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Dough Dynasty: A crust stuffed with data


The pizza industry has come a long way from its bread-and-butter, cheese-and-pepperoni beginnings, with brands using tech and data collection in ways their founders could have only dreamed of. We tracked down some of the oldheads of the industry to ask about how technology shaped their work. The more we talked, the more we realized tech was baked in from the very beginning. Let’s review.

Phones and that all-important number

In the days before the pizza tracker and the app-frenzy of the digital age, pizza shops were among the early quick-service businesses to realize the benefit of that most analog of technologies: the telephone. Getting dinner was a matter of picking up a rotary or touch-tone phone and dialing. Dave Brandon, executive chair of Domino’s and one of the company’s former CEOs, knows this business by heart.

Photo from Domino's

Prior to joining Domino’s, Brandon was a leader at Valassis, the Livonia-based company that pioneered coupon inserts in newspapers, and mailed direct to homes. At Valassis, and later at Domino’s, his goal was to make the phone connection as convenient as possible.

“We'd give you a magnet that would go in your refrigerator with that phone number. We would send that out and all of our print ads. Our job was to get that phone number in your head and get it next to your phone,” Brandon said.

Putting data to work

In the mid 1980s, while pizza chains were busy utilizing the power of the landline, a marketing manager named Steve Green was waking up to what all those customer phone numbers might do.

These days Green publishes the industry magazine PMQ, but decades ago, he worked at Domino’s as their marketing director. He says the company developed an early form of database called DAOT. Domino’s used it to send mailings out to all the customers in their database.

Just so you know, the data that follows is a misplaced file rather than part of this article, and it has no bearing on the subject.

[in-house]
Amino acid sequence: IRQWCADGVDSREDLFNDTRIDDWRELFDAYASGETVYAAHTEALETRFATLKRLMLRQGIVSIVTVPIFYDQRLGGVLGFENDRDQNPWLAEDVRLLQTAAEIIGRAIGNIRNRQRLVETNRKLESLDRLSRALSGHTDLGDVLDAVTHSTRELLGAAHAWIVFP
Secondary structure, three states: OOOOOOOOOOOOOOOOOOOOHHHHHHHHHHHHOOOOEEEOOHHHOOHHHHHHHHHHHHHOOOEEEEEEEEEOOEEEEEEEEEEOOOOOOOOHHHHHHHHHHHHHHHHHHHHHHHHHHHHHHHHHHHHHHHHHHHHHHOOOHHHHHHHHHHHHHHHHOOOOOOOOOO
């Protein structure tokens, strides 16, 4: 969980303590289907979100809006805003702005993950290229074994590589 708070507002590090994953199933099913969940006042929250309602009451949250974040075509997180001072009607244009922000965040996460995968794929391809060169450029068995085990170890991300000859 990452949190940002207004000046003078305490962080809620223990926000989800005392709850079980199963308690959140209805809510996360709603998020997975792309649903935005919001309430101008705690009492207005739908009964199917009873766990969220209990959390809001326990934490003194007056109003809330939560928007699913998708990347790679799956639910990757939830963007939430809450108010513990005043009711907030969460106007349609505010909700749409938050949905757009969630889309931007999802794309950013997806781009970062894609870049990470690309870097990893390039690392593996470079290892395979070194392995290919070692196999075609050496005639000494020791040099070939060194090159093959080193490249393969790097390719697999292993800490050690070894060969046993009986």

“I realized that I wanted it to do a lot of other things,” Green said.

Armed with the knowledge of who ordered pizza, and the dates and times of their orders, Green saw ways to boost sales, to goose receipts with special deals on slow days. He called his creation Green Mail.

“I really was sort of an evangelist for it. I was really trying to get Domino's to buy into my system. And eventually they went into competition with me.”

A computer takeover

As pizza entrepreneurs sought ways to spark their businesses with data insights, a new invention was about to douse the playing field with a volatile accelerant: computers.

Many companies experimented with digital ordering systems, as an alternative to handwritten, error-prone paper records.

“You’ve got a hot, floury, dusty environment and you're taking this special piece of equipment, a computer, and putting it in a store. So that was an interesting transition for those developers to to get it to the point that it would survive the battlefield,” Hungry Howie's CEO Steve Jackson said.
Ronia Cabansag
Michigan Radio
“You’ve got a hot, floury, dusty environment and you're taking this special piece of equipment, a computer, and putting it in a store. So that was an interesting transition for those developers to to get it to the point that it would survive the battlefield,” Hungry Howie's CEO Steve Jackson said.

And most of them shared the experiences of Hungry Howie’s, another Michigan-born pizza chain that now has more than 535 stores in 21 states. Steve Jackson, the CEO of Hungry Howie’s, was there when the early terminals arrived in the mid 1990s.

“You’ve got a hot, floury, dusty environment and you're taking this special piece of equipment, a computer, and putting it in a store. So that was an interesting transition for those developers to to get it to the point that it would survive the battlefield,” Jackson said.

But Jackson saw the same benefits of computers — and computerized databases — that other pizza chains had witnessed. With customers’ names and phone numbers, a new world of possibilities opened up.

It wasn’t long before customers got computers of their own.

Back at Domino’s, engineers were busy trying to hatch an online ordering system. Dave Brandon recounted flying to the company’s test market, Las Vegas, and checking into a hotel to test the system.